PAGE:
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‘Makkah a paradise on earth’

DAMMAM: At this time of strife and conflicts in some Arab and Islamic countries, pilgrims travel to perform Haj in the Kingdom where a sense of safety and tranquility makes up for what they may not be familiar with in their own countries.
In this regard, some pilgrims of different nationalities spoke about their experiences and the sense of security and faith they felt in the land of the holy places.
Rahmatullah Mohammed Haj, a Rohingya from Myammar, described Makkah as a paradise on earth. He said that the mental images of murder and blood and the memory of the sounds of guns and bullets disappeared completely once he stood before the Kaaba.
Fatimah Ahmad, an Egyptian pilgrim, said that Makkah and Madinah were places of spiritual treatment for the psychological and social pains suffered by some pilgrims. She hopes that the two holy cities will continue to provide a real sense of security.
Mohammed Bakri, a Syrian pilgrim, said: “In the midst of bloody conflicts which have been accompanied by a decline in security, the continuing disruption of peace and stability and unemployment and poverty in our country, the scene in Makkah is completely different. It provides security and stability for all pilgrims.”
Along the same lines, Abu Salman, an Iraqi pilgrim, said: “Once we put our feet on the soil of the Kingdom, we feel the safety and security that we lack in Iraq.” He praised the Saudi leadership for providing such security and safety for its visitors.
Another Iraqi pilgrim said that Makkah provided a sense of safety, stability and peace of mind, after a journey fraught with danger and difficulties. The pilgrim prayed for the end of conflict in Iraq so that its citizens could feel safe in their own country.
Tayyib Muhammad Ali of Kirkuk said Custodian of the Two Holy Mosques King Salman deserved praise for all services provided to pilgrims which enable them to perform the rituals.
Abu Mazen from Baghdad said: “This is an opportunity for us to escape from the explosions of bombs and cars and the sound of aircraft which has turned our lives into a kind of hell.”
DAMMAM: At this time of strife and conflicts in some Arab and Islamic countries, pilgrims travel to perform Haj in the Kingdom where a sense of safety and tranquility makes up for what they may not be familiar with in their own countries.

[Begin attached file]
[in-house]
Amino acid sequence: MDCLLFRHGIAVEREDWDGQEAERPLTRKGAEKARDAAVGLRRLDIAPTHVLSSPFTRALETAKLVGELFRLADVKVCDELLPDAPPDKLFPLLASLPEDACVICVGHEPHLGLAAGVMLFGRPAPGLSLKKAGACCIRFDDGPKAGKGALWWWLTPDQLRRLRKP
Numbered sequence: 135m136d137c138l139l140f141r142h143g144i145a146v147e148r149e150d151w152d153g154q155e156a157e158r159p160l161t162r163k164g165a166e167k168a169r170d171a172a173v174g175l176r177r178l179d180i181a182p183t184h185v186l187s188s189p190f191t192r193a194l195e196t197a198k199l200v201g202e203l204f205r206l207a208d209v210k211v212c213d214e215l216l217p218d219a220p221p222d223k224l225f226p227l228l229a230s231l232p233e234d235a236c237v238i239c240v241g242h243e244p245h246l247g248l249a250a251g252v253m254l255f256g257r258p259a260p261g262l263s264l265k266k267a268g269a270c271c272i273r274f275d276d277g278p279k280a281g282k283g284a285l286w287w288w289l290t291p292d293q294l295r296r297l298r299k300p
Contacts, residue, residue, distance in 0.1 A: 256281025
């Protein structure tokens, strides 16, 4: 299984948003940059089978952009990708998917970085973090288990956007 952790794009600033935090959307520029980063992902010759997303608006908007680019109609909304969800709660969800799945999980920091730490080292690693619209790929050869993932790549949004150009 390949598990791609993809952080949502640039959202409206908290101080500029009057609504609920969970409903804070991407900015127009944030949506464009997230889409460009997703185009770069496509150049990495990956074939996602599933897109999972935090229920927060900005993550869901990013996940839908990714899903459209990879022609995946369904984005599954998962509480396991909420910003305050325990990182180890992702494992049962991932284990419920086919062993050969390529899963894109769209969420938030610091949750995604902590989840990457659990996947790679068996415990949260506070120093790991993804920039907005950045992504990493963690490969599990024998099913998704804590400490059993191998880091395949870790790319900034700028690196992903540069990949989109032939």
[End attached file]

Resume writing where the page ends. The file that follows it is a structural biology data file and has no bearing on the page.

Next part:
In this regard, some pilgrims of different nationalities spoke about their experiences and the sense of security and faith they felt in the land of the holy places.
Rahmatullah Mohammed Haj, a Rohingya from Myammar, described Makkah as a paradise on earth. He said that the mental images of murder and blood and the memory of the sounds of guns and bullets disappeared completely once he stood before the Kaaba.
Fatimah Ahmad, an Egyptian pilgrim, said that Makkah and Madinah were places of spiritual treatment for the psychological and social pains suffered by some pilgrims. She hopes that the two holy cities will continue to provide a real sense of security.
Mohammed Bakri, a Syrian pilgrim, said: “In the midst of bloody conflicts which have been accompanied by a decline in security, the continuing disruption of peace and stability and unemployment and poverty in our country, the scene in Makkah is completely different. It provides security and stability for all pilgrims.”
Along the same lines, Abu Salman, an Iraqi pilgrim, said: “Once we put our feet on the soil of the Kingdom, we feel the safety and security that we lack in Iraq.” He praised the Saudi leadership for providing such security and safety for its visitors.
Another Iraqi pilgrim said that Makkah provided a sense of safety, stability and peace of mind, after a journey fraught with danger and difficulties. The pilgrim prayed for the end of conflict in Iraq so that its citizens could feel safe in their own country.
Tayyib Muhammad Ali of Kirkuk said Custodian of the Two Holy Mosques King Salman deserved praise for all services provided to pilgrims which enable them to perform the rituals.
Abu Mazen from Baghdad said: “This is an opportunity for us to escape from the explosions of bombs and cars and the sound of aircraft which has turned our lives into a kind of hell.”

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